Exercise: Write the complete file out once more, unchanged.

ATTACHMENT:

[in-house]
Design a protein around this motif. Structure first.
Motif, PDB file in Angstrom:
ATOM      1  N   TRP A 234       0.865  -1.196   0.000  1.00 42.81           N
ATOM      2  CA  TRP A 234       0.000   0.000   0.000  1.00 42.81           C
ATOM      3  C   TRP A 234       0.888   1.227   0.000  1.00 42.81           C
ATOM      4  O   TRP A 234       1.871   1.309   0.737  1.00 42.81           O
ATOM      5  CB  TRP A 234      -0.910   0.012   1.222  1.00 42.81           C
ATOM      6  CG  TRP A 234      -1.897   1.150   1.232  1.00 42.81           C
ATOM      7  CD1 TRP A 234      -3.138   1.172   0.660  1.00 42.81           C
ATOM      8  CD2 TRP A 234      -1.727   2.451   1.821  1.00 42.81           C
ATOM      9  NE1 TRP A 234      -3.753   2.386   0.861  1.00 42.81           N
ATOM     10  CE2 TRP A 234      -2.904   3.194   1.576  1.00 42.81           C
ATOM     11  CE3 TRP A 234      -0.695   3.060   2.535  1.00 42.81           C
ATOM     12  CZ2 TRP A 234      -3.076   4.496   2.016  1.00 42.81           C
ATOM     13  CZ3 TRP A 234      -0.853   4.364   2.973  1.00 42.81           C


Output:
[in-house]
Design a protein around this motif. Structure first.
Motif, PDB file in Angstrom:
ATOM      1  N   TRP A 234       0.865  -1.196   0.000  1.00 42.81           N
ATOM      2  CA  TRP A 234       0.000   0.000   0.000  1.00 42.81           C
ATOM      3  C   TRP A 234       0.888   1.227   0.000  1.00 42.81           C
ATOM      4  O   TRP A 234       1.871   1.309   0.737  1.00 42.81           O
ATOM      5  CB  TRP A 234      -0.910   0.012   1.222  1.00 42.81           C
ATOM      6  CG  TRP A 234      -1.897   1.150   1.232  1.00 42.81           C
ATOM      7  CD1 TRP A 234      -3.138   1.172   0.660  1.00 42.81           C
ATOM      8  CD2 TRP A 234      -1.727   2.451   1.821  1.00 42.81           C
ATOM      9  NE1 TRP A 234      -3.753   2.386   0.861  1.00 42.81           N
ATOM     10  CE2 TRP A 234      -2.904   3.194   1.576  1.00 42.81           C
ATOM     11  CE3 TRP A 234      -0.695   3.060   2.535  1.00 42.81           C
ATOM     12  CZ2 TRP A 234      -3.076   4.496   2.016  1.00 42.81           C
ATOM     13  CZ3 TRP A 234      -0.853   4.364   2.973  1.00 42.81           C